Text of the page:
BREXIT AND BREXATOM

ONCE will be designed to minimise the damage which will result from Brexit. The UK referendum campaign completely ignored the implications of Brexatom but it is extremely unlikely that a new regime for the nuclear industry, which must now be negotiated from scratch, will be established within the two year timetable set by Article 50.

Maintaining as much continuity and consistency in nuclear policy as possible should therefore now be a priority for the UK government. This aim should inform the basis of the transitional arrangements which will be needed.

The UK nuclear industry relies extensively on employing skilled workers from other EU member states. Ensuring that these workers remain free to travel to and work in the UK without any obstacles is essential. Confirmation that they will be able to do so should be given at the earliest opportunity.

Similarly the STEM undergraduates and postgraduates from EU member states who are attracted by the strong research base in nuclear technologies which exist at UK universities must continue to be able to work in the UK without restrictions.

Brexit will bring freedoms as well as challenges and the UK should now take advantage of these. Not being subject to Article 41 of the Euratom Treaty will mean that EU member states no longer have any right to review UK nuclear new build proposals.

ONCE will not need to offer any opportunity to entrenched opponents of nuclear power like Austria to obstruct investment in new nuclear capacity because all its members will support the use of nuclear energy. This will remove a potentially significant cause of delay for future projects.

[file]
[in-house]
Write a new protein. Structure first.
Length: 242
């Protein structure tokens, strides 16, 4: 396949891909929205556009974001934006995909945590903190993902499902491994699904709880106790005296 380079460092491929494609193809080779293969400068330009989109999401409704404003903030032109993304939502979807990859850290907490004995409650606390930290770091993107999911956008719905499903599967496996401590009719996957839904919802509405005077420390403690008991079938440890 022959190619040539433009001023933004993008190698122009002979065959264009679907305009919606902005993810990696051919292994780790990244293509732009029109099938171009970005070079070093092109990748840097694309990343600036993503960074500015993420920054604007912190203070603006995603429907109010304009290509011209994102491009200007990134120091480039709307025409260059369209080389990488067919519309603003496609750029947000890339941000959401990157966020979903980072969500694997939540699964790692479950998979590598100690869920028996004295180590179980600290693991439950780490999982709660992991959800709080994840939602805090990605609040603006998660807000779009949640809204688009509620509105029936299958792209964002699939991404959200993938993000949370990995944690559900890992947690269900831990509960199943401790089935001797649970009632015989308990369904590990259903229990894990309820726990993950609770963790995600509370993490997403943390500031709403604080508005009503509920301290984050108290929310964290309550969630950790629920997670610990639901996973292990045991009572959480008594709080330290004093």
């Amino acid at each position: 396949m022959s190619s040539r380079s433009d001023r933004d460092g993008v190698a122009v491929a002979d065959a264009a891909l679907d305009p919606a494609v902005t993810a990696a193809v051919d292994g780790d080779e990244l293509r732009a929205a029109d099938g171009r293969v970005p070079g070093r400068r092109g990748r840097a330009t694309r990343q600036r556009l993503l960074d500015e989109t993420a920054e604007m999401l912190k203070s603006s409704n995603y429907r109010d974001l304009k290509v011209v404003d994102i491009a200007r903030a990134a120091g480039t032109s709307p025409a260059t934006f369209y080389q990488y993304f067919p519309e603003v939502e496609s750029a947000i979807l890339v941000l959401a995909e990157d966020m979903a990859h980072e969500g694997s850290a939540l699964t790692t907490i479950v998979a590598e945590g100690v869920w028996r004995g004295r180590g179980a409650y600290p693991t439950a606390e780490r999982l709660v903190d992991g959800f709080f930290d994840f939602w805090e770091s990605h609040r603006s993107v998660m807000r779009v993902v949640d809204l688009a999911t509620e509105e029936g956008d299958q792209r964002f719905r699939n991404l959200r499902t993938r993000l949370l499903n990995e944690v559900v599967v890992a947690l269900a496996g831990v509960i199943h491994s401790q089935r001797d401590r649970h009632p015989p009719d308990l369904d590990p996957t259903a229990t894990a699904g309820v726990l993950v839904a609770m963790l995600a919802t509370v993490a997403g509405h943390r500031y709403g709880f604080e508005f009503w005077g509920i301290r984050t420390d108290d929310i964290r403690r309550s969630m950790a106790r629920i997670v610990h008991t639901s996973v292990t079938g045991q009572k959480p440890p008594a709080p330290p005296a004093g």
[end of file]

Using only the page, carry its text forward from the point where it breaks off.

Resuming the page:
LEGAL FRAMEWORK FOR ONCE AND ITS RELATIONSHIP WITH EURATOM

ONCE will develop a legal framework within which its members will operate. Consideration will now be given in more detail to its relationship with Euratom. Membership of ONCE will be on the basis that it does not compromise or conflict with any of the obligations of Member States under the Euratom Treaty.

It would be desirable if some of the functions currently performed by Euratom on behalf of its member states could be performed by ONCE on behalf of its members, such as providing a safeguards regime to ensure compliance with the non-proliferation treaty including inspection, reporting and accounting.

Importantly they include the management of the Nuclear Cooperation Agreements with non-EU countries which are currently handled by Euratom. These will be an important element in trade deals to be negotiated with USA, Canada, Australia, China and South Africa.

 

CONCLUSION

The nuclear industry in Europe faces what is possibly its biggest existential challenge since the Euratom Treaty was signed sixty years ago. Brexatom not only threatens the delicate balance of pro and anti-nuclear countries in the EU. It also disrupts the complex and important trading and other relationships between countries with existing nuclear power plants.

NNWE believes this challenge requires an urgent response from governments and industry alike. Its proposed new international architecture is designed to strengthen and expand the ties between the pro-nuclear countries. It will also ensure that the UK, one of the few European nations where new build projects are actively under way, will be able to continue to play a leading role in the industry’s future development.